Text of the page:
The city of Burlington unanimously appointed two city officials Monday, including one position that has been vacant for months. 

Mayor Miro Weinberger created the Racial, Equity, Inclusion and Belonging Department in 2019 after declaring racism a public health emergency in Burlington. It has since helped implement the first Juneteenth event in Burlington, among other initiatives. 

Weinberger has since come under fire after the former director, Tyeastia Green, wasn’t replaced in recent months. 

But Kim Carson, a former director of education and human capital development for the Iowa Judicial Branch, went before Burlington’s City Council Monday and sealed a final approval to start serving the community as their REIB director. 

“I feel called to the city of Burlington,” Carson said. “I’m really, really excited to have the opportunity to integrate into the community and be a part of community that I really think is primed for change.” 

Weinberger appointed Carson last week after a national search was conducted. 

“She brings extensive experience to be our REIB director in training, social justice advocacy and organizational culture and change,” Weinberger said. 

Another city appointment approval took place Monday to bolster the city attorney’s office. 

Weinberger appointed Kyle Clauss to serve in the assistant city attorney spot left vacant by Tim Devlin’s departure in August. 

Clauss graduated from Vermont Law School in 2020 and has served as an associate attorney at a firm in New Jersey since then. 

“Kyle demonstrates a curiosity and a professional commitment to the areas of law that are important to our city…as we meet the challenges ahead, work to meet our goals around housing and homelessness, climate action and racial equity,” Weinberger said.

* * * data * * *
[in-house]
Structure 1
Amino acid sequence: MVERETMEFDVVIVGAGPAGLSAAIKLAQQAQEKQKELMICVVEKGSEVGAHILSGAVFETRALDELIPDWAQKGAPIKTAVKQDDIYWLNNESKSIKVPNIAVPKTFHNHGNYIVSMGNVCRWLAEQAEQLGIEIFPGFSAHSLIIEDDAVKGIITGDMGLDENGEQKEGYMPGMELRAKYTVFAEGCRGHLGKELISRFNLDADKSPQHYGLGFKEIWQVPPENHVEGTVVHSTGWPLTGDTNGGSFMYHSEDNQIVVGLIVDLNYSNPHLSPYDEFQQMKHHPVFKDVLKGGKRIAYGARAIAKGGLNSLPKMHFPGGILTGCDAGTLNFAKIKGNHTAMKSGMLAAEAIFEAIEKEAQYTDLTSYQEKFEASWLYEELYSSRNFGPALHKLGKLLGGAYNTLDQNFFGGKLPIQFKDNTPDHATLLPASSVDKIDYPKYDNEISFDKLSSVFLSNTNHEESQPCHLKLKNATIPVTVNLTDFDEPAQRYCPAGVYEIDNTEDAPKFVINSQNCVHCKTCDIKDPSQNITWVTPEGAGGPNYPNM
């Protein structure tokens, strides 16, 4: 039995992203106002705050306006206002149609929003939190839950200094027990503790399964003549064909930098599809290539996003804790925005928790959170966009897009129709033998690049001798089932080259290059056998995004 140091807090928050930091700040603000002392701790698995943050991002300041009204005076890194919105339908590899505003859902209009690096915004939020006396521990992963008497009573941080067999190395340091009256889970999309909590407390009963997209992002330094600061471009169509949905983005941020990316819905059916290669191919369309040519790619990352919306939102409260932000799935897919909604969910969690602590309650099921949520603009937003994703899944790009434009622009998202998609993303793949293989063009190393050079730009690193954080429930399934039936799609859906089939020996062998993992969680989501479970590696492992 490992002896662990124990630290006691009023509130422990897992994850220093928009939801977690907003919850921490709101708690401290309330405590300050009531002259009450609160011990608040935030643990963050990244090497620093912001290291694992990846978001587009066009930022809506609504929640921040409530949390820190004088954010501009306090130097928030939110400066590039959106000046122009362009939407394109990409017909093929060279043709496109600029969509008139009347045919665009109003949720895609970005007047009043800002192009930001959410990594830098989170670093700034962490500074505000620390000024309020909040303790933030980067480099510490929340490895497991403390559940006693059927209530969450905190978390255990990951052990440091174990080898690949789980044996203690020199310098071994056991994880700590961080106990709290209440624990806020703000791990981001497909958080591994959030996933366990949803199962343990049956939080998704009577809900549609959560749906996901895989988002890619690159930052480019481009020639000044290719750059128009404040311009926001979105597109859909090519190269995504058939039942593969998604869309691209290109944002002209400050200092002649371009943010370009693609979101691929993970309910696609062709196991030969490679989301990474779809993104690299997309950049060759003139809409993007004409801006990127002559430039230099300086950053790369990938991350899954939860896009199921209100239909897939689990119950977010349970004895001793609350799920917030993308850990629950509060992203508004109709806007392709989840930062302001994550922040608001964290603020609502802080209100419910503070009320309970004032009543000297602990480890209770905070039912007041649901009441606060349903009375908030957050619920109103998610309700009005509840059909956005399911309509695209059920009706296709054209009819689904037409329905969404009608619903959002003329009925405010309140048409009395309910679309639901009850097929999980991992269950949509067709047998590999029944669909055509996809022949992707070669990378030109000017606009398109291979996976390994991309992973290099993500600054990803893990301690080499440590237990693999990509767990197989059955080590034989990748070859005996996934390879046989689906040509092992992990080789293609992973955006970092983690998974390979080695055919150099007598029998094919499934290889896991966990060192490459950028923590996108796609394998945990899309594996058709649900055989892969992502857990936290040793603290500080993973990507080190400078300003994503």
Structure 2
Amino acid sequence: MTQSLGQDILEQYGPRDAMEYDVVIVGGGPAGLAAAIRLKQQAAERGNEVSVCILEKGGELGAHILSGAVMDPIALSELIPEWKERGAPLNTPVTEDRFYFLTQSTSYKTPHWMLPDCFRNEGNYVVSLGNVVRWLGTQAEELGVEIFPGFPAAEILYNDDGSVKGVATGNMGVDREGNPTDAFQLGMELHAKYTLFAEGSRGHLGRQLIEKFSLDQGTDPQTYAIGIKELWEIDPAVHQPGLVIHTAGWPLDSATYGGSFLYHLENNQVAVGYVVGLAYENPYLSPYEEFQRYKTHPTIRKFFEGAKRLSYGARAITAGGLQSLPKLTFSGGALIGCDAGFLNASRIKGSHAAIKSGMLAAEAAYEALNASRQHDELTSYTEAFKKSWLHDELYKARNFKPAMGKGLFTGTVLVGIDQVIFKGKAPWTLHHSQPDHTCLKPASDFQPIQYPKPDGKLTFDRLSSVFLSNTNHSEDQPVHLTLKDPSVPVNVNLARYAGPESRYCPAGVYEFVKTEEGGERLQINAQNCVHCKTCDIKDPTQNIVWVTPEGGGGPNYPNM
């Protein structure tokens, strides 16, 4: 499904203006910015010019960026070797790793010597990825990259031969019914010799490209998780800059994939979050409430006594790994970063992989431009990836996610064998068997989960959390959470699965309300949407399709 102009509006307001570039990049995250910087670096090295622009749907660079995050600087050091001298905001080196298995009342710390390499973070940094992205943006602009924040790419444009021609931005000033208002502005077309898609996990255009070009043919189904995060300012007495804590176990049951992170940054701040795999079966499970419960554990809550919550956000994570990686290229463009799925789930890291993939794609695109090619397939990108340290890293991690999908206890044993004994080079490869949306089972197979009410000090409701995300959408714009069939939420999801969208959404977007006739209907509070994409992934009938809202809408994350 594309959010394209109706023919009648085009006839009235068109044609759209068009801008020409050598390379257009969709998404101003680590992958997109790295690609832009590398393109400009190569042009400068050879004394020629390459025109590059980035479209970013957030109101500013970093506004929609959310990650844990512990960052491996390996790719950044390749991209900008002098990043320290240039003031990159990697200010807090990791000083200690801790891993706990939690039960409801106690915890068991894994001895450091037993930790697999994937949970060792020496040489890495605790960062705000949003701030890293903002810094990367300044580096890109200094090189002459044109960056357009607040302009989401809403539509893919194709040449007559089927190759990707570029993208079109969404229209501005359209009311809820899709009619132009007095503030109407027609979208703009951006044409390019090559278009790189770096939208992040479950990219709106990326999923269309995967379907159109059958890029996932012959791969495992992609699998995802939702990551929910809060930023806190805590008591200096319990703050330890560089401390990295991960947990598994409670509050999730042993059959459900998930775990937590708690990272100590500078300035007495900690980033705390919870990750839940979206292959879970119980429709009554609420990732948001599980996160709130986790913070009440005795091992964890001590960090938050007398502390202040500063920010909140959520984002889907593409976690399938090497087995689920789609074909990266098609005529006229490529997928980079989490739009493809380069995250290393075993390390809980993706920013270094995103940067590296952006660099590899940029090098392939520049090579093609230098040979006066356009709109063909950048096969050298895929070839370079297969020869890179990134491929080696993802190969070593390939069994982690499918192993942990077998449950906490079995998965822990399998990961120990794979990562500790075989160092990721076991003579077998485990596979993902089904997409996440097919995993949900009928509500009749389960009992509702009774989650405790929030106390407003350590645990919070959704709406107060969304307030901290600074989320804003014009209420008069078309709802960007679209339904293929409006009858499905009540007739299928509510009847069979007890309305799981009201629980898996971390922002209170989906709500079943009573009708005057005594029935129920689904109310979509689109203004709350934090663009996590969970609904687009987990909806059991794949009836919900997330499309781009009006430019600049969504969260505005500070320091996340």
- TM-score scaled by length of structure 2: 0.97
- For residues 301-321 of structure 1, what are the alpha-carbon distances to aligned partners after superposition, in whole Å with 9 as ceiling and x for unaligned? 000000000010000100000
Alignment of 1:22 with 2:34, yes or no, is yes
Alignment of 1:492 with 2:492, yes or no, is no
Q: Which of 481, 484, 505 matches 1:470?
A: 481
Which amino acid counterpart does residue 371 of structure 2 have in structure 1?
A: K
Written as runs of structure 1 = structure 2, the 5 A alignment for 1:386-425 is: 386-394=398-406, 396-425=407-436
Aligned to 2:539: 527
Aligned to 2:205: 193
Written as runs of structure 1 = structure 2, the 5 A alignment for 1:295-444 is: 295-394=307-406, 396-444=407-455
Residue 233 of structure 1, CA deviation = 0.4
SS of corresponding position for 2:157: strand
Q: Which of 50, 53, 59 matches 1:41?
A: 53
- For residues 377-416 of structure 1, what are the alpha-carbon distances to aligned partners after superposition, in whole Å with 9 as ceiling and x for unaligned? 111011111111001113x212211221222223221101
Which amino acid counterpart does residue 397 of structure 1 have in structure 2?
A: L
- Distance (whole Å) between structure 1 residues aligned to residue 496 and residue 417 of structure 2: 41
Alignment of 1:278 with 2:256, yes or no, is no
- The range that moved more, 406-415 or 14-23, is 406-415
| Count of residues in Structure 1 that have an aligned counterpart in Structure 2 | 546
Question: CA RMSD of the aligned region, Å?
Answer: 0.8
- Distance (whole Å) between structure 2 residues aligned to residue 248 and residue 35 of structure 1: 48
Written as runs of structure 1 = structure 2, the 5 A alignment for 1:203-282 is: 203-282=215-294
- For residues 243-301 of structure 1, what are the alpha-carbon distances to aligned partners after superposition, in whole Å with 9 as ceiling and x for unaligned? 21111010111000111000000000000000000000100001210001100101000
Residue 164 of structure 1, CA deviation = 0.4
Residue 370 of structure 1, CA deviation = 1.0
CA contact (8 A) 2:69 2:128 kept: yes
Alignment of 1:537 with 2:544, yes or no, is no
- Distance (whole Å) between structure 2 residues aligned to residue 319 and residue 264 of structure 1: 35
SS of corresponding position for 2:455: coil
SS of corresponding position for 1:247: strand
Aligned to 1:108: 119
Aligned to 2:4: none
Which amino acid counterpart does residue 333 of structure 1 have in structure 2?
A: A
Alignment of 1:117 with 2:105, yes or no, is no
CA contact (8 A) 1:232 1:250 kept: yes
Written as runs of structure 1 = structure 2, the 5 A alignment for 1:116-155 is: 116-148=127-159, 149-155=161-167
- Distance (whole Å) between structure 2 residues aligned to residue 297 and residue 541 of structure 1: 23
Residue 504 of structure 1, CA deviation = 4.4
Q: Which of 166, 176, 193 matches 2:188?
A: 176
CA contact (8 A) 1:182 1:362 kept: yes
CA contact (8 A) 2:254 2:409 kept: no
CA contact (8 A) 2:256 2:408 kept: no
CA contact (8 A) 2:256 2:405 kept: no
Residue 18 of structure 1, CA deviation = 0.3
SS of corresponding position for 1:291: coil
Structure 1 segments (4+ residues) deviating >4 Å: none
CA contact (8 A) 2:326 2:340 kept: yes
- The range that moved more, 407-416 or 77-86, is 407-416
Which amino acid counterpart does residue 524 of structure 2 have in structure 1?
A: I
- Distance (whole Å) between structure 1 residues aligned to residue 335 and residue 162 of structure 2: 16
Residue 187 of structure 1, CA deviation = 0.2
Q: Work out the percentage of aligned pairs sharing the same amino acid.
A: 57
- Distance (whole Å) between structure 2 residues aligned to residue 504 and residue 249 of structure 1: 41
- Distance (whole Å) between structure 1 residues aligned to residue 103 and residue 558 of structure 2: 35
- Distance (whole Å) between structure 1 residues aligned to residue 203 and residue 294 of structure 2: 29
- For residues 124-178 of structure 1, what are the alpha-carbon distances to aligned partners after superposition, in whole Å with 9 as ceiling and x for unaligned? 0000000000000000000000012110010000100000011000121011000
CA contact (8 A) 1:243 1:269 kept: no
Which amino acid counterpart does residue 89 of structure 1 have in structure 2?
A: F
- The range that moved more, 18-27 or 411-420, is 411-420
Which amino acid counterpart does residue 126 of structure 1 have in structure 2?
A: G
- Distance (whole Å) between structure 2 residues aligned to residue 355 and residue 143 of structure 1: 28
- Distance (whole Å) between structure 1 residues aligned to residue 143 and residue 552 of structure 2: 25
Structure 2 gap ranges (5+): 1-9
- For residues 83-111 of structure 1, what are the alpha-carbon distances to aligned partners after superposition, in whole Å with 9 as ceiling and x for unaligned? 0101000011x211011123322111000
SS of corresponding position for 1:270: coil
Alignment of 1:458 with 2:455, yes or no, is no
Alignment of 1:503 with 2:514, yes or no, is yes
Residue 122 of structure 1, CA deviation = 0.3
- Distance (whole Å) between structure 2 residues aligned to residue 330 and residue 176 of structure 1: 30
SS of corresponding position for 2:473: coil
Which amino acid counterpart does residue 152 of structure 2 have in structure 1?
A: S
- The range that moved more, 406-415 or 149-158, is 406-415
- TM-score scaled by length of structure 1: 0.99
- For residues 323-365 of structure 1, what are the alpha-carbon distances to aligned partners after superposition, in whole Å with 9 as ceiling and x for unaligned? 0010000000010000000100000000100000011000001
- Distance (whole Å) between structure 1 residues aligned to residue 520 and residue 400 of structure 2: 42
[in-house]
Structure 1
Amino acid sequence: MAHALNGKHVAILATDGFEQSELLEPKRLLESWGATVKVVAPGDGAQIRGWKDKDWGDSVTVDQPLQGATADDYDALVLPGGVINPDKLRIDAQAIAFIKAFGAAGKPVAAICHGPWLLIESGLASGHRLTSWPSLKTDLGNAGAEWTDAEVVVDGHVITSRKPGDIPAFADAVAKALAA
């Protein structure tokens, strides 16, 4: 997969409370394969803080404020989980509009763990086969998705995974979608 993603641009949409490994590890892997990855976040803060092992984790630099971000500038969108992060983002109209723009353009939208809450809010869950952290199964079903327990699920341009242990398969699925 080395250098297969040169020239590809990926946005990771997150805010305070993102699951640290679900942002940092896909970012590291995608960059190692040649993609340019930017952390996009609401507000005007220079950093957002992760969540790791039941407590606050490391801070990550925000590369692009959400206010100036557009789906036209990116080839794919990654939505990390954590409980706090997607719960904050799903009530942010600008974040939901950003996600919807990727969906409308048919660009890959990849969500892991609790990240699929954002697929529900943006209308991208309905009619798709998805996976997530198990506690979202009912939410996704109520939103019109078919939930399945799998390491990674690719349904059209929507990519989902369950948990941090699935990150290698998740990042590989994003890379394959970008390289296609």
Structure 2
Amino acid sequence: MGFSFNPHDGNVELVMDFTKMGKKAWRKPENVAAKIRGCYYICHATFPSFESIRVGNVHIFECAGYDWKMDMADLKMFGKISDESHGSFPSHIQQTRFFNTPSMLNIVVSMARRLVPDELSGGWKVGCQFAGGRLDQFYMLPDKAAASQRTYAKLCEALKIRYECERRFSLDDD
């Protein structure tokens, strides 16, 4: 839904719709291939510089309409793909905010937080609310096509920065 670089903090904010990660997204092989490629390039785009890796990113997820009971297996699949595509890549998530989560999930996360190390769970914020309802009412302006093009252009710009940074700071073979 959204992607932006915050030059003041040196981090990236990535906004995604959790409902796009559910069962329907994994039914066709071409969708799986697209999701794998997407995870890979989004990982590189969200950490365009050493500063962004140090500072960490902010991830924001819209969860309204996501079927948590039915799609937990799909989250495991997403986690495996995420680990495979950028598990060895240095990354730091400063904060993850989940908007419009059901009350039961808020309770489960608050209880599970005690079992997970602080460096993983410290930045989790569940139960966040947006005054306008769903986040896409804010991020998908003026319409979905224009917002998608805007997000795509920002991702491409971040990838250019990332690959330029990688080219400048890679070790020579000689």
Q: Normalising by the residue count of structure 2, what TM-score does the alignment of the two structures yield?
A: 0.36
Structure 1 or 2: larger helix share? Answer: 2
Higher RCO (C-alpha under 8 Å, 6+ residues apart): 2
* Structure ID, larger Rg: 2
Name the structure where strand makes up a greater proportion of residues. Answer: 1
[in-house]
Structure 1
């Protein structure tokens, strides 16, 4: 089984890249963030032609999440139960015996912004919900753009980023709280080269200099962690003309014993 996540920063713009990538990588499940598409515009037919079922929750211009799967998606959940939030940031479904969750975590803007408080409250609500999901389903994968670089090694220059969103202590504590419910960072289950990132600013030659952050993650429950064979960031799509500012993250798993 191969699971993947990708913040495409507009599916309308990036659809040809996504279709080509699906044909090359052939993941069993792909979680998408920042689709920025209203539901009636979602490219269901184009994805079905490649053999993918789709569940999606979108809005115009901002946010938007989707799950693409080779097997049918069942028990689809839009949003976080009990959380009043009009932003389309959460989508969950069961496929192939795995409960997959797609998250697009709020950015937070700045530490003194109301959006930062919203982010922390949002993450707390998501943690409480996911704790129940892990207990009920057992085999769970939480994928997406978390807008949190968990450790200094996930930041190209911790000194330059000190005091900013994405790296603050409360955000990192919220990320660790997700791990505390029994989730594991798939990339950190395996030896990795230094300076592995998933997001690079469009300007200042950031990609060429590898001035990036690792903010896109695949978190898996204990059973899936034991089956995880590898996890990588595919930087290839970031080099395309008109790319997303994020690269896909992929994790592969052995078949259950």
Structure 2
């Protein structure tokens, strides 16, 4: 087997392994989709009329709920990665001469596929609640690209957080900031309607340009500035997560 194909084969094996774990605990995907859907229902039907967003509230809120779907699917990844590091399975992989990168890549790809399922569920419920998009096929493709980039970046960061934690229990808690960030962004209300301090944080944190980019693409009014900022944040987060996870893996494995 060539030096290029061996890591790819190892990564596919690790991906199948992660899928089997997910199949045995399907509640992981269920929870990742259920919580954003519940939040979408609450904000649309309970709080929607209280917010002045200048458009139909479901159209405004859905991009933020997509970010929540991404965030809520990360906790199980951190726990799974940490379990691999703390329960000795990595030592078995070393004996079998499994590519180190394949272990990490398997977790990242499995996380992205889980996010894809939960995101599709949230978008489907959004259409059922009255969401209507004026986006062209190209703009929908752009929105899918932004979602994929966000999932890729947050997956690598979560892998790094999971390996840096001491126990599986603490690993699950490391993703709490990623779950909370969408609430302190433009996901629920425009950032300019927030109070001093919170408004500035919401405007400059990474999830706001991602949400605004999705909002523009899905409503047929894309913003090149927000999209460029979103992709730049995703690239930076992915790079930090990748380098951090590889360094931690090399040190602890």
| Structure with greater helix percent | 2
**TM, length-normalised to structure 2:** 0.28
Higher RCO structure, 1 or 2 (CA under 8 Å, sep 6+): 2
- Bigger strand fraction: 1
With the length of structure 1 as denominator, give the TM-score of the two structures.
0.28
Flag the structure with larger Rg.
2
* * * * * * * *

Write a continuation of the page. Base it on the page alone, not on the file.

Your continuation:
The council also heard from the Burlington Board of Health on their proposal to combat gun violence in the city, including their proposal to create a gun violence prevention office. They also proposed to push state legislators to enact several firearm laws that would contradict the recently enacted State Firearm Preemption Law. 

“It needs a two-thirds majority to enact three charter change to face gun violence in our community which have been stalled in the state legislature for eight years,” said Jennifer Tomczak, a member of the board. 

Weinberger added his frustration with state legislators. 

“It really makes me angry to think and see in the details of some of the gun violence we have seen this year…had the legislature given us the ability to enact safe storage, that could’ve had an impact on some of the crimes we’ve seen here,” he said. 

The council also continued their redistricting discourse, as they are contemplating three 8-ward concepts, and plan to vote on one in the coming weeks.